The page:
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2013 Christmas Specials

Christmas is a pretty special time in the UK, I think.  I theorize.  I’ve never been there at Christmas time, but one glance at the decorations on Oxford or Regent Street tells you what it’s like in London.

90_05_15---Christmas-Lights--Regent-Street--London--England-_webI also haven’t participated in that age-old tradition of the Queen’s Christmas address.  But one tradition I am always happy to indulge is the tradition of the Christmas special.  During busy weeks, particularly in the holidays, TV here tends to come to a screeching halt.  Repeats for weeks on end.  The only exception is (American) football, which is on constantly from Thanksgiving to …February.  Blech.  I’ll pass on that.  But the Christmas special! Something everyone can gather around the TV and enjoy, that (usually) doesn’t involve padding or jock straps.  I can support that tradition whole-heartedly.

This Christmas was a big one for Doctor Who, with Matt Smith’s last episode and Peter Capaldi’s first.  They like to do these transitions on big episodes, don’t they?  And this one was a particularly unusual story.  We saw the Doctor bald, we saw him naked,

matt-smith-nude-the-time-of-the-doctor-band even more strangely, we saw him old.  Doctor’s aren’t supposed to age, are they?  During that stretch of episodes in America, we see the Doctor some 200 years older in one episode than when we see him next, and there isn’t the slightest change.  So exactly how much time did he spend in a town called Christmas, on a planet called Trenzalore, to get to looking like this:

Doctor-Who-11-2959359He looks and acts very Dickensian, which I find rather amusing. He’s always been very Victorian, number 11, with his waistcoats and bow ties and pocket watches.  Being rather fond of that era myself, I am sad to see that go.  I am genuinely sad to see Matt Smith go, which is a big credit to him, since I was weeping over David Tennant’s exit.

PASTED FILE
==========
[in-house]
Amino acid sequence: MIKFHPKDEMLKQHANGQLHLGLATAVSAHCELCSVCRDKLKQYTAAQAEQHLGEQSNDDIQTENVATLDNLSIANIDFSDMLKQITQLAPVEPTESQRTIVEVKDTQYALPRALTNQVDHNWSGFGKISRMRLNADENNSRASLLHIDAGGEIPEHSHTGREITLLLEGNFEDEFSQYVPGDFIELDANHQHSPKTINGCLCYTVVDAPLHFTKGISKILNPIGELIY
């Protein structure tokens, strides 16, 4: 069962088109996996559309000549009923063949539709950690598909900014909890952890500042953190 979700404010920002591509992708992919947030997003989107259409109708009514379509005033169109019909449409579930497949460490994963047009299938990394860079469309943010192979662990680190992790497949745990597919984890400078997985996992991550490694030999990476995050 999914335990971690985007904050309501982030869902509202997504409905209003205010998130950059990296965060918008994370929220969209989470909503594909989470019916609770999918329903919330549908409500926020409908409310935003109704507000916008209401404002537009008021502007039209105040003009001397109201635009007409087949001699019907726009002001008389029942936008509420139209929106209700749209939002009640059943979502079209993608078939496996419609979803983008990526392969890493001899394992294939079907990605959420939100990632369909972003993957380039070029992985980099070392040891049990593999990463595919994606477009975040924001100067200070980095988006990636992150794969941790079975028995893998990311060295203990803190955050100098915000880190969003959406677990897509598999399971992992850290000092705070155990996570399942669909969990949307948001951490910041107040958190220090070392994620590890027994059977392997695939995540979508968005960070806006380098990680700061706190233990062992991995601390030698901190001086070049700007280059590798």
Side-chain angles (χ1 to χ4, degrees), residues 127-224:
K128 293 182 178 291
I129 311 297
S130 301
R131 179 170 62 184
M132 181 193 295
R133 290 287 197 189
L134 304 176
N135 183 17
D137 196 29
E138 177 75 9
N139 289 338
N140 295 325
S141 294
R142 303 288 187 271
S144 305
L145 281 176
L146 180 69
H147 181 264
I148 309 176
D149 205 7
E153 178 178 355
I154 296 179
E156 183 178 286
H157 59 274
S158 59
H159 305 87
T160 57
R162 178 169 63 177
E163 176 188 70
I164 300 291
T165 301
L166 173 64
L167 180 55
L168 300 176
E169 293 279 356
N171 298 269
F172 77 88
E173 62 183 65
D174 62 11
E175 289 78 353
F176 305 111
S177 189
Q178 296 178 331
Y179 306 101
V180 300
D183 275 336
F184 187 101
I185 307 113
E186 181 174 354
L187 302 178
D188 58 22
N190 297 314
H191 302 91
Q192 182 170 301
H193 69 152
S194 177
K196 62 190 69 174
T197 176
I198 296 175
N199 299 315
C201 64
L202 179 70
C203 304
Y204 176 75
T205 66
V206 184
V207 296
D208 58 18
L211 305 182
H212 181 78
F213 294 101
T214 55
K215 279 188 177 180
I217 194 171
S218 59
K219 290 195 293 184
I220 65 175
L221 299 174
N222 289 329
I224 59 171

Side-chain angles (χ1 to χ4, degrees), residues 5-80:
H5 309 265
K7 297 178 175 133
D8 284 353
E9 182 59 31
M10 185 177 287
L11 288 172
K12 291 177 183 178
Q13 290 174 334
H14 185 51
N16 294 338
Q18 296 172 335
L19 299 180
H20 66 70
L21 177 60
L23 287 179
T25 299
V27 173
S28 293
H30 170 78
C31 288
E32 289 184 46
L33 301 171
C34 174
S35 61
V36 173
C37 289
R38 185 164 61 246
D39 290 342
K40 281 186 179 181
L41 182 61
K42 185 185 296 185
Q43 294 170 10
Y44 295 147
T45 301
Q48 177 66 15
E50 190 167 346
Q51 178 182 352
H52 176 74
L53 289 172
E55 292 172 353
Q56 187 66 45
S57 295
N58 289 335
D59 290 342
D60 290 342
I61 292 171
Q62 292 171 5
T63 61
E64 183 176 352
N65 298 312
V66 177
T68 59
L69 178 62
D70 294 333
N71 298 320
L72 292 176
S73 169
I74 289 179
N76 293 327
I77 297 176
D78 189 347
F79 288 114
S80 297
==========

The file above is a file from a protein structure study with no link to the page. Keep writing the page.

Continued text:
This episode was very grand and (is often the case with very grand episodes of the show) it often seemed more concentrated on being big and important, rather than making much sense.  I try to remember what exactly was going on, but I found myself thoroughly confused by a lot of the plot for this one.

The way I understood it, the Time Lords were communicating through the crack in the wall, which reappeared in Christmas.  Their message was heard by everyone, and it scared everyone.  They were asking the Doctor’s name…and if he told them, they would come through.  And this would, for some reason, cause immediate and total war?  The Church of the Mainframe protects the planet from the hordes of Daleks, Cybermen, and every other type of villain that is trying to get in.

I have so many questions from this episode. How are the Time Lords of Gallifrey able to send messages, and then (Deux Ex Machina)  time energy, through the rift when they are stored safely away in a frozen moment of time? How did a burst of time energy reset the clock on the Doctor’s regeneration count? And simultaneously give him power to kill Daleks with a light beam? Why does the regeneration process seem to happen really quickly sometimes (John Hurt’s Doctor to Chris Eccleston’s, Eccleston to Tennant) and sometimes (Tennant to Smith, Smith to Capaldi), it takes quite a while. Most importantly, what’s the point of using the Silence as priests?  Why would you want to confess and then forget you’d done so?  Much better to have a priest who forgets everything you’ve just told him.  And was the episode implying that the Silence were created to be priests?  Or that they were recruited as priests after they were more-or-less killed off on Earth?